Sociologist Arpy Manusyan considers information noise a means that contributes to the polarization and indifference of society.
And now we live in several such noisy waves. We will either drown in them or turn our gaze to the inner world to see how we can ride that wave and get out unharmed.
Sociological research is a good tool to see ourselves as a whole. For example, this Socioscope study found out how manipulations and hate speech are spread in online media from a gender equality perspective.
Arpy Manusyan together with a group of sociologists studied the activities of anti-gender campaigns, rhetoric, cases of targeting women and human rights activists dealing with gender issues and the purpose of the manipulative discourses spread on social media.
Another study is currently underway on how these same groups continued and deepened misinformation or disinformation on sensitive topics during the coronavirus, such as the Lanzarote Convention or the anti-abortion bill.
Arpy Manusyan attaches importance to the role of pillars in society, including reliable media. When you are limping, you are always looking for a firm foothold. Now we are limping and the pillars have decreased.
Social media posts often appear in the media as an article. Although the professional media must do some verification work before publishing, we see that reprints from the internet are very common. Examining online media, can you tell how media links to online content?
In essence, the platforms that produce copies cannot even be called media, they are rather platforms that feed into public fears, mislead public knowledge and positions, and manipulate emotions.
They just take Facebook statuses and copy them, because they often belong to the same groups and individuals. And whatever they write, it will become so-called media material and will be circulated.
Even society already treats those statuses as media material.
I think now there is really a need to understand what those platforms can be called. They do not create their own content but rely on individuals with specific economic, political and media interests. And they are in no way representing the public interest and public knowledge, but on the contrary, they play very well especially on sensitive issues, about which the public may have certain fears, superstitions, etc.
These sensitive issues include gender equality, domestic violence, the problems of the LGBT community, that is, homophobic discourses.
It can be said that there are homophobic moods in the general public, and these groups, understanding this very well, definitely spice up their materials with conspiracy theories. For example, presenting international conventions as propaganda of homosexuality.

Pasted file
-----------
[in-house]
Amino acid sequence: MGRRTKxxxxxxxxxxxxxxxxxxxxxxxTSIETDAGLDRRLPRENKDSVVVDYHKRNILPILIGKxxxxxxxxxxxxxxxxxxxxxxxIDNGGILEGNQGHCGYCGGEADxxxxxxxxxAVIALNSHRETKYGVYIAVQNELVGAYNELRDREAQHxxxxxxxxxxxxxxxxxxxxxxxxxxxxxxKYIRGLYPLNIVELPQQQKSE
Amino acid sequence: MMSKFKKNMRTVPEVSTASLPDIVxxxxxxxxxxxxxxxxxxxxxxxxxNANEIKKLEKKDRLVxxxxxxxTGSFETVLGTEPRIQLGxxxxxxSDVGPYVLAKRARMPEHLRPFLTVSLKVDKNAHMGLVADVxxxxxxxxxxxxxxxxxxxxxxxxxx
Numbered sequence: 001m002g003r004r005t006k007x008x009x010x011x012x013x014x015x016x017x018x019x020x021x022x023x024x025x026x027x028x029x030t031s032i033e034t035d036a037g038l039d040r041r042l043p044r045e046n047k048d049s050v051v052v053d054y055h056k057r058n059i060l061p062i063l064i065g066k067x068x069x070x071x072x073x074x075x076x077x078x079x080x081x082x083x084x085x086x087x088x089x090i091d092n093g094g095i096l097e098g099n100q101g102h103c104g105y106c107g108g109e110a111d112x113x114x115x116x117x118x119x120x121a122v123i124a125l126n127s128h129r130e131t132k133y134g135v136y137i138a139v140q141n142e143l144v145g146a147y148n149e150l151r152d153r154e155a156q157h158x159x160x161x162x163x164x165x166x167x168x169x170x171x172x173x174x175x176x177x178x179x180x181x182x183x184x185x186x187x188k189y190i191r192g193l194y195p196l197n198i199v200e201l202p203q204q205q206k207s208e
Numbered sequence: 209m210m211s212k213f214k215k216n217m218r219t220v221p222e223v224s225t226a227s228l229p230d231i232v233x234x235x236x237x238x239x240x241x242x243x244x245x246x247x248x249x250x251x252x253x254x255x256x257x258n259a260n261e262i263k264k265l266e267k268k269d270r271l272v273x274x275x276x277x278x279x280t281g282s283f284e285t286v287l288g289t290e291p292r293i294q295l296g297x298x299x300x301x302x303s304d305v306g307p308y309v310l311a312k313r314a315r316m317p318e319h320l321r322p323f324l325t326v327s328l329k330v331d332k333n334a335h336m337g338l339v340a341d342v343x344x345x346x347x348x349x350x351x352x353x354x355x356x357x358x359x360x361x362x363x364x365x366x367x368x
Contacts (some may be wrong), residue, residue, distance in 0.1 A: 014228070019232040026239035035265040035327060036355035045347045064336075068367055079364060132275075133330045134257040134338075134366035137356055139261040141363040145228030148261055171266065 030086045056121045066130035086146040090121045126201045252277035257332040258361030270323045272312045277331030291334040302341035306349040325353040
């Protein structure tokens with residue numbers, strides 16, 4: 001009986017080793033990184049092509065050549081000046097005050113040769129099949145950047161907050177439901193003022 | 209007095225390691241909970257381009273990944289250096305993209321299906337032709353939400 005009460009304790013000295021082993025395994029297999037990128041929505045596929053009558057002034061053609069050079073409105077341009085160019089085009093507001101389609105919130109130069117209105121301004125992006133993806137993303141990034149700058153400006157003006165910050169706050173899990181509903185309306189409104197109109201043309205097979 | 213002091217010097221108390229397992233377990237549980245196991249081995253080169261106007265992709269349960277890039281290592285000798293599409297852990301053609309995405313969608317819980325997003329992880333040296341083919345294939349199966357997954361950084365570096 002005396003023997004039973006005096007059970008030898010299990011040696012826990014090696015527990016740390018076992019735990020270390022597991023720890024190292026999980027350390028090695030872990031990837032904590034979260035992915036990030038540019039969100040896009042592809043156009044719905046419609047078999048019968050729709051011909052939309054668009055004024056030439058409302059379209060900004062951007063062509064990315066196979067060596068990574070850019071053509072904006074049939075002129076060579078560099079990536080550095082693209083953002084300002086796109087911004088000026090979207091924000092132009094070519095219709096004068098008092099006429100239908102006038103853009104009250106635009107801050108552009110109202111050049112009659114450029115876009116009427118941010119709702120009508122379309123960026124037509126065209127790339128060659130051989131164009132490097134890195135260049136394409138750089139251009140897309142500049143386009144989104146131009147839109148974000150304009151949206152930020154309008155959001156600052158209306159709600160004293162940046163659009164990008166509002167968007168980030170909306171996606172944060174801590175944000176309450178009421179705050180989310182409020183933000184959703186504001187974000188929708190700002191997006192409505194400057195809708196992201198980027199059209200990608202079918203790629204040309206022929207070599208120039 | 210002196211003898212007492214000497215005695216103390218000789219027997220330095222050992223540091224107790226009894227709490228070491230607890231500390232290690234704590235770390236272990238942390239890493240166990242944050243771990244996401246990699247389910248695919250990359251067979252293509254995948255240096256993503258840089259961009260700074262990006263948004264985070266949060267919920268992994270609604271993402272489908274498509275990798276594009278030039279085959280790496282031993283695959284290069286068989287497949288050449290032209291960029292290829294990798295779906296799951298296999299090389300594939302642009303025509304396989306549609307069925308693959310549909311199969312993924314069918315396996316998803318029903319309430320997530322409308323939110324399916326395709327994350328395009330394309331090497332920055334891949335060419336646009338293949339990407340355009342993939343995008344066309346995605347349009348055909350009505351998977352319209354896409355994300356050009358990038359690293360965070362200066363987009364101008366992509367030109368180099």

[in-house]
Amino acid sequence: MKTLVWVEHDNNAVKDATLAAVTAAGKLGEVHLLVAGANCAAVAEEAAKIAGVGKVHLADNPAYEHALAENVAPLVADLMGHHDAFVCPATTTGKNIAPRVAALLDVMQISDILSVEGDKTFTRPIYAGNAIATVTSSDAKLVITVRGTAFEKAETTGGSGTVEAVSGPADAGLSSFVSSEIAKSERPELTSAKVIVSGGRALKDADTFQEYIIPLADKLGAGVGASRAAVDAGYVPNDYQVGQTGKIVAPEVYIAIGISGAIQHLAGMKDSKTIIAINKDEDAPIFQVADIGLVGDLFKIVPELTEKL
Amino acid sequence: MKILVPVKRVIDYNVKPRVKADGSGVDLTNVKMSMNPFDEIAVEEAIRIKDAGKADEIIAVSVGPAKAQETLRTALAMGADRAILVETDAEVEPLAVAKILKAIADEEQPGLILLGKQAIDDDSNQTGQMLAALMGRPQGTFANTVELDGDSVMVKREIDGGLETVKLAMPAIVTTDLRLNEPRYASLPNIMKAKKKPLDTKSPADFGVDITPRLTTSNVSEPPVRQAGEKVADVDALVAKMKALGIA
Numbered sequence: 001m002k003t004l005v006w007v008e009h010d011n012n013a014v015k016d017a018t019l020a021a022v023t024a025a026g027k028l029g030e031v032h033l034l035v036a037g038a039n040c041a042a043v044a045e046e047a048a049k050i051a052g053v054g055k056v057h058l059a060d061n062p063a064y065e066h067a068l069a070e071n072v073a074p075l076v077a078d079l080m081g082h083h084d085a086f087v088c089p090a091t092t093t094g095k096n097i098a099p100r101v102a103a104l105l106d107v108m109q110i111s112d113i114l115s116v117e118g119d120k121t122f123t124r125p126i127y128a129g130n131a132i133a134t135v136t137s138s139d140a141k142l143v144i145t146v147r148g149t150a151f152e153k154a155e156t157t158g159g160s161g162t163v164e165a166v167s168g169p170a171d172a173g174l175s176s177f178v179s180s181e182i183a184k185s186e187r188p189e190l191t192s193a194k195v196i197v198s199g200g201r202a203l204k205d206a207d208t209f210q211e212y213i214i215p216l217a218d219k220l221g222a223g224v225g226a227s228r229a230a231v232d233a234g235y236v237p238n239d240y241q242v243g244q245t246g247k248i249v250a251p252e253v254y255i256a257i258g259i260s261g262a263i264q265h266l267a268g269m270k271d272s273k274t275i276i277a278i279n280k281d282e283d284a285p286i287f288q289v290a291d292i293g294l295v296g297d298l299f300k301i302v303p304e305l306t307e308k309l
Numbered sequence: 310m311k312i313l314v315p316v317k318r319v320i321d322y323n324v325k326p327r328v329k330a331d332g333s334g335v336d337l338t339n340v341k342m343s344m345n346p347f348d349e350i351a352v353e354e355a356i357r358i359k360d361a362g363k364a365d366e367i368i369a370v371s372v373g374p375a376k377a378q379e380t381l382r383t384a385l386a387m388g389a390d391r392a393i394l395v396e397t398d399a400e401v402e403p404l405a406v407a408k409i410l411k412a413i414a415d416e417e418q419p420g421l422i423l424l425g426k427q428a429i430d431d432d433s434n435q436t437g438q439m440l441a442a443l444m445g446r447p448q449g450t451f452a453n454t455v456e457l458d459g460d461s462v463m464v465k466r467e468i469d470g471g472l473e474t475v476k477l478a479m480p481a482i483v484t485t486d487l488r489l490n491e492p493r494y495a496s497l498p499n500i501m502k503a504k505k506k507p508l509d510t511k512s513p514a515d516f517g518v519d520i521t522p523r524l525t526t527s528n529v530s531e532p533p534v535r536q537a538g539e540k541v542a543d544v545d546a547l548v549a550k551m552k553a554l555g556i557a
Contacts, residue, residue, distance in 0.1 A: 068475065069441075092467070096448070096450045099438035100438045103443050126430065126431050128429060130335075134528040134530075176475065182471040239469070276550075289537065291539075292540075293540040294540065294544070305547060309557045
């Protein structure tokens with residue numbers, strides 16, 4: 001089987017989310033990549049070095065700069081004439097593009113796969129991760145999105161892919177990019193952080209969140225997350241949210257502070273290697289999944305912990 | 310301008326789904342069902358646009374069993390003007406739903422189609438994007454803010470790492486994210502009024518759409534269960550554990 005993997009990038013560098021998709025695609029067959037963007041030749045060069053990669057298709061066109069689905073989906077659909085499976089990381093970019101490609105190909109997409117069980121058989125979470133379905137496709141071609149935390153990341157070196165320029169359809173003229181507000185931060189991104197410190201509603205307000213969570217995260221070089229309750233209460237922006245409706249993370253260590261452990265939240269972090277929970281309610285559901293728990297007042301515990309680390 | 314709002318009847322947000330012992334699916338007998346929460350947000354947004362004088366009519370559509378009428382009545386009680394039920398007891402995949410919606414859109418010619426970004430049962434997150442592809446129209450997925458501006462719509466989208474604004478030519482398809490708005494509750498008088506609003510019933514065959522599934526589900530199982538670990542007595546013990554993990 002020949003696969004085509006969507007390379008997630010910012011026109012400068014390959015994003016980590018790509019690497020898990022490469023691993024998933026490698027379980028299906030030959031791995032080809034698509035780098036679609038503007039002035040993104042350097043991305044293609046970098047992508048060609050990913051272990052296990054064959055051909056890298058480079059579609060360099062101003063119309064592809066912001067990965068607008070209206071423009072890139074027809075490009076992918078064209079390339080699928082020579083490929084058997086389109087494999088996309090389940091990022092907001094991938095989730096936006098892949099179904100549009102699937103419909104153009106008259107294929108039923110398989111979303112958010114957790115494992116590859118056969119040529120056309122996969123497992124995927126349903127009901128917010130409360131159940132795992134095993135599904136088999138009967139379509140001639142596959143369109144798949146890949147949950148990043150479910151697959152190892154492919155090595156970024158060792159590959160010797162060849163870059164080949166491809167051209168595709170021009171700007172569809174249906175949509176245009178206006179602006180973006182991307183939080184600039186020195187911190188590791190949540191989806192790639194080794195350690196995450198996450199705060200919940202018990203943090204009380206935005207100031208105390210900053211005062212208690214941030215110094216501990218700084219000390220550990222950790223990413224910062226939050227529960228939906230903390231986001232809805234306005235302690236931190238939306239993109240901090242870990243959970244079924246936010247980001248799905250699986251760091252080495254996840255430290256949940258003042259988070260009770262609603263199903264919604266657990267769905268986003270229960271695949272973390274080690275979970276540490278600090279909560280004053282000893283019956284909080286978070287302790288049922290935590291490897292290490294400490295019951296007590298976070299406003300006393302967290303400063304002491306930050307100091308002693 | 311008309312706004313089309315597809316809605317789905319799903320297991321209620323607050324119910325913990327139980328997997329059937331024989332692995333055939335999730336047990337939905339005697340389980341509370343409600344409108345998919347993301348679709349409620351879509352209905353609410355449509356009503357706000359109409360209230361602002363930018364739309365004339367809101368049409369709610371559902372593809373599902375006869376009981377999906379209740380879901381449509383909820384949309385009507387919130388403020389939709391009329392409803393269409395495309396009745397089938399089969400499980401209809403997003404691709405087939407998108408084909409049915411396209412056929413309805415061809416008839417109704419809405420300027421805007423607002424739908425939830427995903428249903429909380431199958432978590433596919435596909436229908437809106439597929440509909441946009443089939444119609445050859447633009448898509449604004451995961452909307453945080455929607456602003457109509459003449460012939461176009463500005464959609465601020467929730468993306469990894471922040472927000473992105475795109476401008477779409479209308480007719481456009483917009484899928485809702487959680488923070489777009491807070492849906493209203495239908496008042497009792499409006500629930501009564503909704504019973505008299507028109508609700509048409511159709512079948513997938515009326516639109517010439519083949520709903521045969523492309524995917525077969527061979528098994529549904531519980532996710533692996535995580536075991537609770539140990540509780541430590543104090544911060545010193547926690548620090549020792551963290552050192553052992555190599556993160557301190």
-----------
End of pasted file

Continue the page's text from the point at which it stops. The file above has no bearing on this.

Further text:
The political goal of spreading false information about sexuality and gender equality is to create noise and fake imitation.
With that noise, they also seem to tell the government that society will not forgive them if they suddenly show any progress in the issue of gender equality. And as far as we can see, in fact, the government fell into this trap with both their legs.
It turned out that these groups managed to block not only possible reforms but also the formation of serious public discourses on these topics.
That people are afraid to talk about these topics on the air or on other public platforms.
Many inadvertently become wary, because the level of hate speech becomes terrifying.
Women, gender equality NGOs, activists, researchers, artists who try to make these topics the subject of public debate are very clearly targeted with threats, hate speech.
By making media noise, these groups simply put us in a deadlock when we have to constantly respond to them, refuting their proposed agenda or trying to respond to this or that misinformation.
But it is obvious that our resources are not proportionate, we do not have enough platforms to be able to speak freely.
And when it comes to talking, people are so targeted that they prefer to go underground. And it turns out that they also succeed in this regard. We are intimidated, we step back and give up our territory.
There is an accepted gender distribution. Add to that the factor of tradition (it is not clear in which period) and God (the supreme judge). It turns out to be a chain of very strong stereotypes, which is then presented as the only truth. How is this chain of stereotypes built?
All this is presented to us under a certain guise of antiquity or patriarchy, saying that there are traditional roles (the woman is humble, the man is dominant, there is no homosexuality). And it is mainly presented with ideas about the family, the hearth.
In other words, the tradition is presented as a solid, single structure, which is not subject to transformation and since we have inherited it, we must remain faithful to it and live in peace with it.
By constantly playing on the idea of family, they try to advance the line that those who talk about changing tradition are a project of the West, “Sorosians” who contradict traditions.